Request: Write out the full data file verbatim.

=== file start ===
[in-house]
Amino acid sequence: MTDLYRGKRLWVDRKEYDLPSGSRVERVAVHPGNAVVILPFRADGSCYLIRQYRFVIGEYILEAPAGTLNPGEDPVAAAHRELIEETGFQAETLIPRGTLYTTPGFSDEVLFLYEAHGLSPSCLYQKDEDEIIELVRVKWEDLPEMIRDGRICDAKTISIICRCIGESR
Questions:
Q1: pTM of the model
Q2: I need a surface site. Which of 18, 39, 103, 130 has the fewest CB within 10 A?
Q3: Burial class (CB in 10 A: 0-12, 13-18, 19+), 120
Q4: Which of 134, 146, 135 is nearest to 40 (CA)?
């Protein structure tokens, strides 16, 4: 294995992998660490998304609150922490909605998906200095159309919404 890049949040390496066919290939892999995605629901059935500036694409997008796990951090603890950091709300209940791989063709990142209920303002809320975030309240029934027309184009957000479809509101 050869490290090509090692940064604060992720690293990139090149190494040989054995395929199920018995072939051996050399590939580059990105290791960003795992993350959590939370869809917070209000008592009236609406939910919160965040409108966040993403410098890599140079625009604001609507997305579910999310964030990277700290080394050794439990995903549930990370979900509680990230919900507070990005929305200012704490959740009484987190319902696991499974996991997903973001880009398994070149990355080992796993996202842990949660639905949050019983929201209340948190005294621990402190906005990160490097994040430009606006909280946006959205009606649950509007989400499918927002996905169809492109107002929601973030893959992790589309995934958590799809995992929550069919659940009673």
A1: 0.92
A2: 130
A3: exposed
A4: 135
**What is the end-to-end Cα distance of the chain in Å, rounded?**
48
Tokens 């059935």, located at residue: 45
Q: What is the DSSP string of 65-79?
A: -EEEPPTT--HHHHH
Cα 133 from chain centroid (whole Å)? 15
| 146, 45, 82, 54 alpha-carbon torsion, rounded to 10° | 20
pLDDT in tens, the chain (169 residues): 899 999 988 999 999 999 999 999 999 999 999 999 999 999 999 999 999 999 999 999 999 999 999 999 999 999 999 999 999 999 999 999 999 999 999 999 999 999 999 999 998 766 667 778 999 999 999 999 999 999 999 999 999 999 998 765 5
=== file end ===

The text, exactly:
[in-house]
Amino acid sequence: MTDLYRGKRLWVDRKEYDLPSGSRVERVAVHPGNAVVILPFRADGSCYLIRQYRFVIGEYILEAPAGTLNPGEDPVAAAHRELIEETGFQAETLIPRGTLYTTPGFSDEVLFLYEAHGLSPSCLYQKDEDEIIELVRVKWEDLPEMIRDGRICDAKTISIICRCIGESR
Questions:
Q1: pTM of the model
Q2: I need a surface site. Which of 18, 39, 103, 130 has the fewest CB within 10 A?
Q3: Burial class (CB in 10 A: 0-12, 13-18, 19+), 120
Q4: Which of 134, 146, 135 is nearest to 40 (CA)?
């Protein structure tokens, strides 16, 4: 294995992998660490998304609150922490909605998906200095159309919404 890049949040390496066919290939892999995605629901059935500036694409997008796990951090603890950091709300209940791989063709990142209920303002809320975030309240029934027309184009957000479809509101 050869490290090509090692940064604060992720690293990139090149190494040989054995395929199920018995072939051996050399590939580059990105290791960003795992993350959590939370869809917070209000008592009236609406939910919160965040409108966040993403410098890599140079625009604001609507997305579910999310964030990277700290080394050794439990995903549930990370979900509680990230919900507070990005929305200012704490959740009484987190319902696991499974996991997903973001880009398994070149990355080992796993996202842990949660639905949050019983929201209340948190005294621990402190906005990160490097994040430009606006909280946006959205009606649950509007989400499918927002996905169809492109107002929601973030893959992790589309995934958590799809995992929550069919659940009673």
A1: 0.92
A2: 130
A3: exposed
A4: 135
**What is the end-to-end Cα distance of the chain in Å, rounded?**
48
Tokens 């059935």, located at residue: 45
Q: What is the DSSP string of 65-79?
A: -EEEPPTT--HHHHH
Cα 133 from chain centroid (whole Å)? 15
| 146, 45, 82, 54 alpha-carbon torsion, rounded to 10° | 20
pLDDT in tens, the chain (169 residues): 899 999 988 999 999 999 999 999 999 999 999 999 999 999 999 999 999 999 999 999 999 999 999 999 999 999 999 999 999 999 999 999 999 999 999 999 999 999 999 999 998 766 667 778 999 999 999 999 999 999 999 999 999 999 998 765 5